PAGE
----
They say Ephraim Francis was a hero. They say he was eager to serve as a soldier. They say he showed uncommon bravery by volunteering, not even waiting for the draft. He enlisted on his own volition, and went to war. Ephraim Francis, was a Bahamian, born in Bimini in 1889. He emigrated to Miami in 1906, at the age of 17. When World War One began in 1914, in Europe, the United States waited and watched. It wasn’t their fight. Then soon it was. The first American troops landed in Paris in the summer of 1917.

Ephraim Francis went to war at 28 years old. He died, just two weeks, after the armistice had been declared on 11th November 1918. The war had officially ended; hostilities in some places had not. Ephraim Francis was on a ship when it was torpedoed. No one knows how long he was treading water or clinging to pieces of the bombed ship or if he died immediately. What is known is that Ephraim Francis was listed as having died from exposure in France.


Ephraim Frances Enlisted Soon After War Was Declared and Died in France in 1918

With full military honours accorded by the coloured former service men belonged to Thomas Larkins post of the American Legion (the coloured branch) the body of Ephraim Francis, negro soldier who died in France, will be laid to rest tomorrow afternoon, the services to he held at 3 o’clock from the Pharr undertaking establishment in coloured town. Ex-servie men are to assemble at 2 o’clock at the corner of First street and Avenue M. full uniform to be worn.

The funeral services will open with a song by one of the church choices, the singing of “Lead Kindly Light” by the coloured chapter of the Red Cross and prayer by the Rev. S. J. Johnson. Franck Clifton will read the preamble to the constitution of the American Legion; John F. Bethel, president of the British Overseas Club, will deliver the funeral oration; Rev. S. J. Johnson will preach the sermon; Drucilla Jones will sing a solo and the exercises will close with the singing of the national anthem.

Ephraim Francis was on the negroes who did not wait for the draft, but enlisted within a month after the declaration of war, and went overseas with the 100th engineers. He died in France two weeks after the signing of the armistice, as the result of exposure when a ship on which he saw service was torpedoed. He was born in Bimini in January 1889, and  came to Miami in 1906, engaging in the dry cleaning  business. His mother , Josephine Redfern, and one sister Eliza Rolle, reside in Perrine, and another sister, Addie Williams, lives on Winn Avenue, Miami.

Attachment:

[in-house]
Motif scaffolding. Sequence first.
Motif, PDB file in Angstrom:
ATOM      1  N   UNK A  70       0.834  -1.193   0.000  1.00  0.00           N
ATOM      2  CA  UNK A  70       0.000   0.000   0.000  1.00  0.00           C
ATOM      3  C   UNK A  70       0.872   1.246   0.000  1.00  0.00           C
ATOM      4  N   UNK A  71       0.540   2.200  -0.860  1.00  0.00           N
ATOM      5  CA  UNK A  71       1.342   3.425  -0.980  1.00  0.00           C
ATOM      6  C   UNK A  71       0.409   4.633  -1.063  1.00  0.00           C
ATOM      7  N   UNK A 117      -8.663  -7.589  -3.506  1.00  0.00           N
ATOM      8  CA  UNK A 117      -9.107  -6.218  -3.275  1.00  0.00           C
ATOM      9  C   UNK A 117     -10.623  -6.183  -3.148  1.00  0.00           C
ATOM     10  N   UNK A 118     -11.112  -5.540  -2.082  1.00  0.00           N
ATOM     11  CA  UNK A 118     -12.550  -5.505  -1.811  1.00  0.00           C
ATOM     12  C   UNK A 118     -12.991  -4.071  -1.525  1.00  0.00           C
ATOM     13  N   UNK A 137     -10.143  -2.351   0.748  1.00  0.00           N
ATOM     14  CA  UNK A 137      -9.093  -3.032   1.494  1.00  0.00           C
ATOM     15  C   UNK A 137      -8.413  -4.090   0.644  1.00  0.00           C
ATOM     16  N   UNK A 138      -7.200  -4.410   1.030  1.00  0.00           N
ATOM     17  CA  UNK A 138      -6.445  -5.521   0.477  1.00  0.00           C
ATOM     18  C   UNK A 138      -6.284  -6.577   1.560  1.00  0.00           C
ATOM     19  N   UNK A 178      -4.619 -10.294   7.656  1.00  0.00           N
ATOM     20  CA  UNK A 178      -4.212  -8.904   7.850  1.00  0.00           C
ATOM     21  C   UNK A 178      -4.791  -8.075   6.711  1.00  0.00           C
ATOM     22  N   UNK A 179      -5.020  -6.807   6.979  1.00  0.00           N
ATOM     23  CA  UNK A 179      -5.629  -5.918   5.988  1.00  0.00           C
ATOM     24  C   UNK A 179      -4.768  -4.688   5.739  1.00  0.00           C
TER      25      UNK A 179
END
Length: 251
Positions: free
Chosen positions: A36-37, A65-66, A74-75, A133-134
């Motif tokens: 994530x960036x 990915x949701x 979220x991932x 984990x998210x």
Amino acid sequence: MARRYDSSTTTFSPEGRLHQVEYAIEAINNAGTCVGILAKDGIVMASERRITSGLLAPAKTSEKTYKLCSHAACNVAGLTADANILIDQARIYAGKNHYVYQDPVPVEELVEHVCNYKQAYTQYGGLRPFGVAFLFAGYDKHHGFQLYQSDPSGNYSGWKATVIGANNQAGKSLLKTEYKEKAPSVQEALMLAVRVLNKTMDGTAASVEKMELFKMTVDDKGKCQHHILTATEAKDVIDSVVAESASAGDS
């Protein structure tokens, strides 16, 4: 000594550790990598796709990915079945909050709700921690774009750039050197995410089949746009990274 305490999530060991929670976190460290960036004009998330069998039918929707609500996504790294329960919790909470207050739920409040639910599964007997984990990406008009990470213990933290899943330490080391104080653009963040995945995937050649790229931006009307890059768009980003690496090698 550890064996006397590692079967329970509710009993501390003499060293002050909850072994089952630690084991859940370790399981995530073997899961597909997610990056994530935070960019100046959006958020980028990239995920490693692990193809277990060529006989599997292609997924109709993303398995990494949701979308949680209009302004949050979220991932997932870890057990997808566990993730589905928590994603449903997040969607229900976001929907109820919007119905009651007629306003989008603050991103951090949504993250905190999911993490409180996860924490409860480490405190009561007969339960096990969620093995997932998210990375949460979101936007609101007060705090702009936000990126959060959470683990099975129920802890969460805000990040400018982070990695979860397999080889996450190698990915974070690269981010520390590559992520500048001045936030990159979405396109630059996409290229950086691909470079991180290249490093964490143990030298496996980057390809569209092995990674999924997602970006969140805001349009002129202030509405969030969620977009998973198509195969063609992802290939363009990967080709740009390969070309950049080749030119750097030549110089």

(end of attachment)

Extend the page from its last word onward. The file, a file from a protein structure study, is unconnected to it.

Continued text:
The British-West Indies ex-service men and the coloured branch of the Red Cross will also  be in the parade tomorrow. 



(The Miami Metropolis, Saturday July 31, 1920)

Francis was officially declared dead in November/December 1918. However, it would take almost two long years before his remains could be shipped back to his family in Miami.

Ephraim Francis was not laid to rest until  Sunday August 1, 1920.

Was Ephraim Francis a Bahamian citizen or an American citizen in 1918?

Another story in 1920 makes an interesting point. Ephraim Francis may have still been a Bahamian citizen when he was killed. No naturalisation papers for him could be found.

“His people are of the impression that he took out citizenship papers, but are not positive at to that.”


(The Miami Metropolis, Saturday July 3, 1920)

In 1987, Francis was remembered as part of a Black History in Miami article.

“When Ephraim Francis’ body was returned to Miami in 1920, it was treated with full military honours. Francis, who came to Miami from Bimini in 1906, was one of the first Miamians to volunteer for military service– in fact he joined a month before the draft. 

…Today his final resting place in the old “Coloured Section” of the Miami City Cemetery is in the shadows of a tool shed, his broken tombstone further dishonoured by a garbage can next to it.”



(The Miami News, Tuesday February 10, 1987)